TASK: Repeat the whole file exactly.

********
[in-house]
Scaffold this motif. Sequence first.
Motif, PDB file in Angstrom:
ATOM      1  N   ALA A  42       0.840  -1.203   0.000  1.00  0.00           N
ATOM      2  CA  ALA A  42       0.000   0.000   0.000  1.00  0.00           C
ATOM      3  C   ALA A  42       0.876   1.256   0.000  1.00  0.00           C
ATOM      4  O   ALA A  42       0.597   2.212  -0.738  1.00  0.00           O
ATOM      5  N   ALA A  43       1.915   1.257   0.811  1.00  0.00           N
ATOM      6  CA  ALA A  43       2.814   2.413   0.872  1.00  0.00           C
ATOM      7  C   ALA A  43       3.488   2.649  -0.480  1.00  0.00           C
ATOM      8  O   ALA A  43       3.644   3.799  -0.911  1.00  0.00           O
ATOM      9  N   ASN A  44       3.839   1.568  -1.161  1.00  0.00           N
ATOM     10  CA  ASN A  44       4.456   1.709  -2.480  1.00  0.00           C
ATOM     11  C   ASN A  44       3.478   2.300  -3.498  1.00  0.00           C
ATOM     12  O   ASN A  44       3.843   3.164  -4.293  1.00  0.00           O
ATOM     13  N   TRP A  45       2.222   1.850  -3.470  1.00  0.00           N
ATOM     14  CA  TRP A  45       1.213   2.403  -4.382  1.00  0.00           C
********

[in-house]
Scaffold this motif. Sequence first.
Motif, PDB file in Angstrom:
ATOM      1  N   ALA A  42       0.840  -1.203   0.000  1.00  0.00           N
ATOM      2  CA  ALA A  42       0.000   0.000   0.000  1.00  0.00           C
ATOM      3  C   ALA A  42       0.876   1.256   0.000  1.00  0.00           C
ATOM      4  O   ALA A  42       0.597   2.212  -0.738  1.00  0.00           O
ATOM      5  N   ALA A  43       1.915   1.257   0.811  1.00  0.00           N
ATOM      6  CA  ALA A  43       2.814   2.413   0.872  1.00  0.00           C
ATOM      7  C   ALA A  43       3.488   2.649  -0.480  1.00  0.00           C
ATOM      8  O   ALA A  43       3.644   3.799  -0.911  1.00  0.00           O
ATOM      9  N   ASN A  44       3.839   1.568  -1.161  1.00  0.00           N
ATOM     10  CA  ASN A  44       4.456   1.709  -2.480  1.00  0.00           C
ATOM     11  C   ASN A  44       3.478   2.300  -3.498  1.00  0.00           C
ATOM     12  O   ASN A  44       3.843   3.164  -4.293  1.00  0.00           O
ATOM     13  N   TRP A  45       2.222   1.850  -3.470  1.00  0.00           N
ATOM     14  CA  TRP A  45       1.213   2.403  -4.382  1.00  0.00           C